In education, knowledge has the most value when it is shared. When we build community around common goals and work to learn from one another, we can reach those goals faster. Here are the top 5 blogs that resonated most with you:
An Interview with Dr. John B. King
In this podcast recap, former Education Secretary Dr. John B. King discusses the state of education in America today and how to improve it. Part of the conversations touches on unconscious bias and acknowledging bias within ourselves before we interact with students. He also talks about his childhood, how his experiences led him to work in education, and what he and other educators can do to protect our democracy.
3 Ways to Create an Environment Where Students Thrive by Jessica Law
In the above interview with former Education Secretary King, Law was struck by King’s description of his experience as a student, particularly how his school was a sanctuary from troubles at home. After hearing that interview, Law, a third grade literacy teacher sought to make her classroom a safe haven for her students. She presents three recommendations for educators, and through them, she charges educators to listen more and to give students agency. “The circumstances some of my students find themselves in outside of school are not ones they have much control over. This can lead to a sense of powerlessness that can follow them into the classroom and dampen their engagement. It is thus essential for me to try to empower my students however I can, giving them ownership over the things we do in class,” she writes. She also asks educators to think about their behavior in terms of equity and consider how their actions in the classroom might inadvertently perpetuate stereotypes.
The Literacy Imperative: How Research-Informed Literacy Instruction Can Engender Democracy & Civic Participation, a conversation with Dr. Timothy Shanahan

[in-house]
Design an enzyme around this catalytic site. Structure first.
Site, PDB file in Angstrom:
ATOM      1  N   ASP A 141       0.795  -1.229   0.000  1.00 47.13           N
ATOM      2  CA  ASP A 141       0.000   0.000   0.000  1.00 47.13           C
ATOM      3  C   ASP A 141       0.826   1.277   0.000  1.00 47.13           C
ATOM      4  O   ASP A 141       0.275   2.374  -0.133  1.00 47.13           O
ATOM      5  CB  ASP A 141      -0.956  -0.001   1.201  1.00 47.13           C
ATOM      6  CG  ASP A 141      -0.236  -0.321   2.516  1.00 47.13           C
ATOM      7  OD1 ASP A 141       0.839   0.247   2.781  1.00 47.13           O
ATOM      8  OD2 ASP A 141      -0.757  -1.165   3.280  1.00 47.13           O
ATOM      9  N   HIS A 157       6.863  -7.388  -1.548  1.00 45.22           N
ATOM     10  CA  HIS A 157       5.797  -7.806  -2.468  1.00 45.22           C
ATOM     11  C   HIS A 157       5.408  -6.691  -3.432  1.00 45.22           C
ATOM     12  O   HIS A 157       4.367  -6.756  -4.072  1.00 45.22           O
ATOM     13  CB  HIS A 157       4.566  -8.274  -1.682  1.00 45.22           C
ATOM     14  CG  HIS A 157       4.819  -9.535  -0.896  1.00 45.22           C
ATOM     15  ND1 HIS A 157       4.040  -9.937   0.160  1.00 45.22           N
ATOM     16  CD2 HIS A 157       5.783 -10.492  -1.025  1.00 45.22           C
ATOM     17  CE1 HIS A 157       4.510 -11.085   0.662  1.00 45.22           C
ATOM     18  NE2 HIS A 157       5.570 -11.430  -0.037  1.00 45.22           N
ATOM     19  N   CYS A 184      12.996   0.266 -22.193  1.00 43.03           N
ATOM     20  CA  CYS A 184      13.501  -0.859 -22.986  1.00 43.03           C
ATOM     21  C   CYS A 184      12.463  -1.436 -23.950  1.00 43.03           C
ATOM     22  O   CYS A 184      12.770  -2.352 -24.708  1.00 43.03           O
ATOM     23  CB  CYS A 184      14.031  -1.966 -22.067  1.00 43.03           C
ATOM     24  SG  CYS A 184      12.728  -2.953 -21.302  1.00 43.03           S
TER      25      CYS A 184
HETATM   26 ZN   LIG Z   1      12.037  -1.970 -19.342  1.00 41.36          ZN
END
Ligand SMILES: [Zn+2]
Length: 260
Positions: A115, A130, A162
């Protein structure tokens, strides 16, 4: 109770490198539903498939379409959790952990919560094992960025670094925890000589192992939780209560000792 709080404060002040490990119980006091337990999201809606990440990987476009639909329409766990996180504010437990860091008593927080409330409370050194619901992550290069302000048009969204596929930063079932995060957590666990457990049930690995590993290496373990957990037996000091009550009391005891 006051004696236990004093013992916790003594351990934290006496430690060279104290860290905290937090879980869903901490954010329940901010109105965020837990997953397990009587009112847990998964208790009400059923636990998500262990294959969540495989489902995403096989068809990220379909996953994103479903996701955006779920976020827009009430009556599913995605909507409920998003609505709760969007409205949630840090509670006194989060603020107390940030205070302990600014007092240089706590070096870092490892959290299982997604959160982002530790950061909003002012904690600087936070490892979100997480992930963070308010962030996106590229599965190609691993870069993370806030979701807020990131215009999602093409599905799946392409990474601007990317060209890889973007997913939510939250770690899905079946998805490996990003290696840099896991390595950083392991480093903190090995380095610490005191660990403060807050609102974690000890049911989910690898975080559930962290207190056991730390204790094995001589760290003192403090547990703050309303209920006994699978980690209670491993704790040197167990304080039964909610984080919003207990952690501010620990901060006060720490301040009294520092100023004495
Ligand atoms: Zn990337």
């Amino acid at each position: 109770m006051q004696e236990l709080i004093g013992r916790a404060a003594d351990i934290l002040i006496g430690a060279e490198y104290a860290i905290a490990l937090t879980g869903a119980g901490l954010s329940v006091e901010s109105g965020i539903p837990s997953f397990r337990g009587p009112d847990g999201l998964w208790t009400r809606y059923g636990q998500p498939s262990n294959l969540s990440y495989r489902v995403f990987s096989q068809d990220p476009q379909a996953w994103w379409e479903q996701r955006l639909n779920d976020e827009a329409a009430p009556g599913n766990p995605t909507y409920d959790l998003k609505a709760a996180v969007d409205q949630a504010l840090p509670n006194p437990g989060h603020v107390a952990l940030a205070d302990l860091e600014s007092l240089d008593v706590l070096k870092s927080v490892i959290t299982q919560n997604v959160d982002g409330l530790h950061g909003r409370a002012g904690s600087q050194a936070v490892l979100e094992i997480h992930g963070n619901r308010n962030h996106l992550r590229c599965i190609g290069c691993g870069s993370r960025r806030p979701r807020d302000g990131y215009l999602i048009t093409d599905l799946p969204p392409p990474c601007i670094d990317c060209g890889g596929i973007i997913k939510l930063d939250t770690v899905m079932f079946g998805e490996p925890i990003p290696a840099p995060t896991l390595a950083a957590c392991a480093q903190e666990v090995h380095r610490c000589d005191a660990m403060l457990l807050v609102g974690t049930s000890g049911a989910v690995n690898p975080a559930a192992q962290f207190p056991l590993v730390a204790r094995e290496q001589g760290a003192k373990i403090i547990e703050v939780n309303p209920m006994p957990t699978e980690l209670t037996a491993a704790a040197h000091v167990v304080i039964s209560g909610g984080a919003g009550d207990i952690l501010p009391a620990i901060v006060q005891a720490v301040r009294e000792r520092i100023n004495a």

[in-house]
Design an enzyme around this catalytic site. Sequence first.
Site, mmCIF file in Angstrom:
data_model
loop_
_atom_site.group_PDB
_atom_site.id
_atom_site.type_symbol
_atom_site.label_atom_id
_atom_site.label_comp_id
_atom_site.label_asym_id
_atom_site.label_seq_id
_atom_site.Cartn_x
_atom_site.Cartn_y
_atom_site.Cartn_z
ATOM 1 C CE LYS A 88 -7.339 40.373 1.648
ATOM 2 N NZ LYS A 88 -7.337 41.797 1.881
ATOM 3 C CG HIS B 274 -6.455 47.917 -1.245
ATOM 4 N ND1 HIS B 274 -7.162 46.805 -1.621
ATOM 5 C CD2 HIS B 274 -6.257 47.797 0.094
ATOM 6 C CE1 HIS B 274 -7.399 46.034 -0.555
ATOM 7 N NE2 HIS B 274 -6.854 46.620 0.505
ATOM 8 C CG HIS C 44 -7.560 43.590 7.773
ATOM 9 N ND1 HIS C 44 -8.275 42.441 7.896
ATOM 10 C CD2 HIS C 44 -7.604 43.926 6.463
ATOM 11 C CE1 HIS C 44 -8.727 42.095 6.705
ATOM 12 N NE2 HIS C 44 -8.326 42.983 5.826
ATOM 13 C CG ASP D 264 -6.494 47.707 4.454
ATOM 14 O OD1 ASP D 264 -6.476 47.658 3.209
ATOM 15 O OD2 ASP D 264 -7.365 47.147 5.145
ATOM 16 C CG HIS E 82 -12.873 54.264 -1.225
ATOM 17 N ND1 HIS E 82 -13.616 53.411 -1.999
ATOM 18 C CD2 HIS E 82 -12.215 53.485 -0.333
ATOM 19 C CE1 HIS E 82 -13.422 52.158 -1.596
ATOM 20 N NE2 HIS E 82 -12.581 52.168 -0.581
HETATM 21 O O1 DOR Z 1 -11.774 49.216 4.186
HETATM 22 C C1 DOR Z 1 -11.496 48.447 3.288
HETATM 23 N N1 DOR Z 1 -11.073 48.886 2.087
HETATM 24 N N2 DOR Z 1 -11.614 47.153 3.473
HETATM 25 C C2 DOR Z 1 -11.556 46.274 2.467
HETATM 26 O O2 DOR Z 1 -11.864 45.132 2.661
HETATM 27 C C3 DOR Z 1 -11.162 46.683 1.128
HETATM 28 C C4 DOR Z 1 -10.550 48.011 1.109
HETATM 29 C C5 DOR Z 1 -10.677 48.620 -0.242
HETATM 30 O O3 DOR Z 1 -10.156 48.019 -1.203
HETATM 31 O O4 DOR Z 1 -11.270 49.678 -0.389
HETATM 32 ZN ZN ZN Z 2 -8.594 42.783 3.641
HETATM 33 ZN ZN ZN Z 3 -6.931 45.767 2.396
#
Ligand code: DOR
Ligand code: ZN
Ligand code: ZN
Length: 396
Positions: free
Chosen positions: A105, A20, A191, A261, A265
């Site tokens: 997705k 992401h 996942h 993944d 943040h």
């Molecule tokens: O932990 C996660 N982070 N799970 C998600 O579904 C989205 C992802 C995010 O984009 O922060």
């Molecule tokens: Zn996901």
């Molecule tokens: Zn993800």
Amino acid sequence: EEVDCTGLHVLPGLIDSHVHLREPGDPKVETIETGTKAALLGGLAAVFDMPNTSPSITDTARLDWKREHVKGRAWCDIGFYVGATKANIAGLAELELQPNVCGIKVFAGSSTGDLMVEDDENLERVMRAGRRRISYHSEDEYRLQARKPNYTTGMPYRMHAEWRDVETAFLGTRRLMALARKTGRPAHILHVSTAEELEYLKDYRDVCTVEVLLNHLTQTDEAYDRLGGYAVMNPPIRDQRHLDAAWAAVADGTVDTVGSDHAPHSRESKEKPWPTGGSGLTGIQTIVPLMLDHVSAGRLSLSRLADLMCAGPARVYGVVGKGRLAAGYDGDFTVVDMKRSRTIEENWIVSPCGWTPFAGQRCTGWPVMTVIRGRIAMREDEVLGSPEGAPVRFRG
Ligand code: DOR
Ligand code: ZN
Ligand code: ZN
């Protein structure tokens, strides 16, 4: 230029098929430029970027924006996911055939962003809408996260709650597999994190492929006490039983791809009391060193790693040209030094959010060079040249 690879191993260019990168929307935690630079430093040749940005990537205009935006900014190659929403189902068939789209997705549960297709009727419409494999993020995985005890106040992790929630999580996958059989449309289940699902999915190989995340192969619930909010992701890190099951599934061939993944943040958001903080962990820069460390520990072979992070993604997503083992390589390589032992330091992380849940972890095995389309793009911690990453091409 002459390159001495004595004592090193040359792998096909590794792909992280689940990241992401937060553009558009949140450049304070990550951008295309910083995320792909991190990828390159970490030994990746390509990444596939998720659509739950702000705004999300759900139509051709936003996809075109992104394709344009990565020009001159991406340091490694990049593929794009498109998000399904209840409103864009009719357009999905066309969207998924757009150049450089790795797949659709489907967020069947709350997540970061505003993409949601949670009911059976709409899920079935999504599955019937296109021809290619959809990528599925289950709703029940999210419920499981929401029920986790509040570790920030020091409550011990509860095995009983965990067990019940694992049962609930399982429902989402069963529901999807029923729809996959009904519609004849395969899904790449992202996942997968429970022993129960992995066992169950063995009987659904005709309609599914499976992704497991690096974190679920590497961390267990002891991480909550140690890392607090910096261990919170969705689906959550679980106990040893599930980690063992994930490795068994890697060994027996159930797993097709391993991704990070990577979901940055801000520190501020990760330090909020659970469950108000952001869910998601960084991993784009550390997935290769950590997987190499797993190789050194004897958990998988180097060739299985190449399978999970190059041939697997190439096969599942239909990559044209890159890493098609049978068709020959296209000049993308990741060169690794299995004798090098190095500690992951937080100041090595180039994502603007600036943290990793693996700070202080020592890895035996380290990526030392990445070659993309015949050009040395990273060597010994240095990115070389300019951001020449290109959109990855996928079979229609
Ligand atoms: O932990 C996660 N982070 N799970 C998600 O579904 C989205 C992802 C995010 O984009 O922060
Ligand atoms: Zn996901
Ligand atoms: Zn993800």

In this podcast, Dr. Timothy Shanahan, Distinguished Professor Emeritus at the University of Illinois at Chicago, examines literacy in our schools and how new research conflicts with traditional practices. He talks about the idea of literacy and defines it as a range of abilities to use text to meet your needs and solve your problems. He then looks at literacy instruction and explains why teaching students at their instructional level is not as successful as other methods.
5 Reasons to Implement Fluency Practice for Your Students Today by Marcia Eisenberg
Three years into her five years of teaching ELA, Marcia Eisenberg attended a literacy institute to help her more effectively teach students reading below grade level. In this blog, she explains how she used a four-step fluency practice routine with a group of 6th grade summer school students. The fluency practice took only 10 minutes a day, and the results were dramatic: After just two weeks, every student had increased the number of words they read per minute and decreased the number of errors in their reading. In addition to outlining the process she used, Eisenberg lays out five reasons why such practice should be a part of every ELA’s teachers practice.
An Interview with Dr. Thelma Jackson
After UnboundEd’s Winter 2017 Standards Institute, we sat down with Dr. Thelma Jackson to hear about her experience at the Institute and how it changed her practice. Jackson, principal of Seminole Elementary School in Okeechobee, Fla., talks about how she now looks at instruction with a civil rights perspective and the role standards play in getting students to meet the challenge of conquering rigorous text. She also describes specific leadership changes that her school has adopted and why other school leaders should consider attending the Standards Institute.
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